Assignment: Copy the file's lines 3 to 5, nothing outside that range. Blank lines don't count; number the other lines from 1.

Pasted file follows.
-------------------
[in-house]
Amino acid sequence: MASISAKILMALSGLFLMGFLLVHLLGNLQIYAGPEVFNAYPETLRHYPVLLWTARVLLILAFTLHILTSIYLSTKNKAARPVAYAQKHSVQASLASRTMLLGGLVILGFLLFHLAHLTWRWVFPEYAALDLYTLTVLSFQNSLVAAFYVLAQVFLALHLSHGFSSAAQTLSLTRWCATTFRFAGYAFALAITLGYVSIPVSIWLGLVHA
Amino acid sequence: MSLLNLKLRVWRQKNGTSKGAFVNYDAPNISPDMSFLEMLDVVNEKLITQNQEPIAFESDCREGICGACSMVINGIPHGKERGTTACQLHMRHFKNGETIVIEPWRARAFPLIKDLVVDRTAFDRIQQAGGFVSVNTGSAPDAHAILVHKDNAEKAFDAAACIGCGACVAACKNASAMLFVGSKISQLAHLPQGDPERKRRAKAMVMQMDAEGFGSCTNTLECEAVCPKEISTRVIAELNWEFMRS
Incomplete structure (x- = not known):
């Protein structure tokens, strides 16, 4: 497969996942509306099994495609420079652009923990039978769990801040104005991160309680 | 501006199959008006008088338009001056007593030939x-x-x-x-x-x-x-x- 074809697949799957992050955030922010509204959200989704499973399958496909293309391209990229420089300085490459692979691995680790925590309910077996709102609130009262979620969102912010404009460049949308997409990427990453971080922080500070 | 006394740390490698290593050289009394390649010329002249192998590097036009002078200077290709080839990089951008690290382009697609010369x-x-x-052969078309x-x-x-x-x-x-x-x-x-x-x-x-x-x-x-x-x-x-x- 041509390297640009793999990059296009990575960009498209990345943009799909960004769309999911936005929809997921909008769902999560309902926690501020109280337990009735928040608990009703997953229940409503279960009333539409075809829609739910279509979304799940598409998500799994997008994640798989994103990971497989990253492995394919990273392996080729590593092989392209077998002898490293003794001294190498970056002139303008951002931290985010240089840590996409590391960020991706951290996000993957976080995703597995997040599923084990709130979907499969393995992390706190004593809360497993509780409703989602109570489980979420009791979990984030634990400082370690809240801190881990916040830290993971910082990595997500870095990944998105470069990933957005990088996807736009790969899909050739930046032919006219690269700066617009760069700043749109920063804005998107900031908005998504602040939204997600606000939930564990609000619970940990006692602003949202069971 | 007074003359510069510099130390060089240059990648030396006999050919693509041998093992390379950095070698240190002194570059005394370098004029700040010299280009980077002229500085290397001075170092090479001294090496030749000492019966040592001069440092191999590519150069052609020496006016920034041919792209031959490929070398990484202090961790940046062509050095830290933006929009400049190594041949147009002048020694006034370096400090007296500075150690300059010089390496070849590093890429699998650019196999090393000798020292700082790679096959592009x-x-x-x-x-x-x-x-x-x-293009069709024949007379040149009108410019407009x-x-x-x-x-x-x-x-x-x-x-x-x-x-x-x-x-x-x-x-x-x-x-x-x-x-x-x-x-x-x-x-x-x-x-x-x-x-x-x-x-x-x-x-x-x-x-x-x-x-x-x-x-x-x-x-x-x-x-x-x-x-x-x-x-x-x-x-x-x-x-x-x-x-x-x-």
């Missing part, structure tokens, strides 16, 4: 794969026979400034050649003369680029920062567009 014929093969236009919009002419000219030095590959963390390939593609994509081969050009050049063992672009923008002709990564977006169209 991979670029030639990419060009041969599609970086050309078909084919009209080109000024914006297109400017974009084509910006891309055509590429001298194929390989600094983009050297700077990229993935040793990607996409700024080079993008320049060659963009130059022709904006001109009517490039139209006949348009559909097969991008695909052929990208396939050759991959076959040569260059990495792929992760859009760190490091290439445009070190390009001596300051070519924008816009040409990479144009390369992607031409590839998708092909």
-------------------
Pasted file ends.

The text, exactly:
Amino acid sequence: MSLLNLKLRVWRQKNGTSKGAFVNYDAPNISPDMSFLEMLDVVNEKLITQNQEPIAFESDCREGICGACSMVINGIPHGKERGTTACQLHMRHFKNGETIVIEPWRARAFPLIKDLVVDRTAFDRIQQAGGFVSVNTGSAPDAHAILVHKDNAEKAFDAAACIGCGACVAACKNASAMLFVGSKISQLAHLPQGDPERKRRAKAMVMQMDAEGFGSCTNTLECEAVCPKEISTRVIAELNWEFMRS
Incomplete structure (x- = not known):
């Protein structure tokens, strides 16, 4: 497969996942509306099994495609420079652009923990039978769990801040104005991160309680 | 501006199959008006008088338009001056007593030939x-x-x-x-x-x-x-x- 074809697949799957992050955030922010509204959200989704499973399958496909293309391209990229420089300085490459692979691995680790925590309910077996709102609130009262979620969102912010404009460049949308997409990427990453971080922080500070 | 006394740390490698290593050289009394390649010329002249192998590097036009002078200077290709080839990089951008690290382009697609010369x-x-x-052969078309x-x-x-x-x-x-x-x-x-x-x-x-x-x-x-x-x-x-x- 041509390297640009793999990059296009990575960009498209990345943009799909960004769309999911936005929809997921909008769902999560309902926690501020109280337990009735928040608990009703997953229940409503279960009333539409075809829609739910279509979304799940598409998500799994997008994640798989994103990971497989990253492995394919990273392996080729590593092989392209077998002898490293003794001294190498970056002139303008951002931290985010240089840590996409590391960020991706951290996000993957976080995703597995997040599923084990709130979907499969393995992390706190004593809360497993509780409703989602109570489980979420009791979990984030634990400082370690809240801190881990916040830290993971910082990595997500870095990944998105470069990933957005990088996807736009790969899909050739930046032919006219690269700066617009760069700043749109920063804005998107900031908005998504602040939204997600606000939930564990609000619970940990006692602003949202069971 | 007074003359510069510099130390060089240059990648030396006999050919693509041998093992390379950095070698240190002194570059005394370098004029700040010299280009980077002229500085290397001075170092090479001294090496030749000492019966040592001069440092191999590519150069052609020496006016920034041919792209031959490929070398990484202090961790940046062509050095830290933006929009400049190594041949147009002048020694006034370096400090007296500075150690300059010089390496070849590093890429699998650019196999090393000798020292700082790679096959592009x-x-x-x-x-x-x-x-x-x-293009069709024949007379040149009108410019407009x-x-x-x-x-x-x-x-x-x-x-x-x-x-x-x-x-x-x-x-x-x-x-x-x-x-x-x-x-x-x-x-x-x-x-x-x-x-x-x-x-x-x-x-x-x-x-x-x-x-x-x-x-x-x-x-x-x-x-x-x-x-x-x-x-x-x-x-x-x-x-x-x-x-x-x-």